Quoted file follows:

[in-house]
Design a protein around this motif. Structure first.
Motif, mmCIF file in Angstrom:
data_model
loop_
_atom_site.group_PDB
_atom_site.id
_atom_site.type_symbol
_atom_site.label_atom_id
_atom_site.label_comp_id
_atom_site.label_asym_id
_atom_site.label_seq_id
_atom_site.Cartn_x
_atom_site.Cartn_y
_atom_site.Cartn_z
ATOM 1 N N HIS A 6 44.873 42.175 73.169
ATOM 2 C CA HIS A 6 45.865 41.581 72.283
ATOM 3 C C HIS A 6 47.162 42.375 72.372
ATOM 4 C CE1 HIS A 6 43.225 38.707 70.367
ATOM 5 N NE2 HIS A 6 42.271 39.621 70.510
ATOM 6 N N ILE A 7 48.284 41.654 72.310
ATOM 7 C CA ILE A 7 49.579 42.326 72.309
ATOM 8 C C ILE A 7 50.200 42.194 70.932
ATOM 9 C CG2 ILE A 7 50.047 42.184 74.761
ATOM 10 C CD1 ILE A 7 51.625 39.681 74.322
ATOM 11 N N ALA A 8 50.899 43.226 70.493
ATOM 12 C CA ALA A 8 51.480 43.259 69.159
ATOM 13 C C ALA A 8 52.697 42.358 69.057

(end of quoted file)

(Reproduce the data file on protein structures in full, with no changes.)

[in-house]
Design a protein around this motif. Structure first.
Motif, mmCIF file in Angstrom:
data_model
loop_
_atom_site.group_PDB
_atom_site.id
_atom_site.type_symbol
_atom_site.label_atom_id
_atom_site.label_comp_id
_atom_site.label_asym_id
_atom_site.label_seq_id
_atom_site.Cartn_x
_atom_site.Cartn_y
_atom_site.Cartn_z
ATOM 1 N N HIS A 6 44.873 42.175 73.169
ATOM 2 C CA HIS A 6 45.865 41.581 72.283
ATOM 3 C C HIS A 6 47.162 42.375 72.372
ATOM 4 C CE1 HIS A 6 43.225 38.707 70.367
ATOM 5 N NE2 HIS A 6 42.271 39.621 70.510
ATOM 6 N N ILE A 7 48.284 41.654 72.310
ATOM 7 C CA ILE A 7 49.579 42.326 72.309
ATOM 8 C C ILE A 7 50.200 42.194 70.932
ATOM 9 C CG2 ILE A 7 50.047 42.184 74.761
ATOM 10 C CD1 ILE A 7 51.625 39.681 74.322
ATOM 11 N N ALA A 8 50.899 43.226 70.493
ATOM 12 C CA ALA A 8 51.480 43.259 69.159
ATOM 13 C C ALA A 8 52.697 42.358 69.057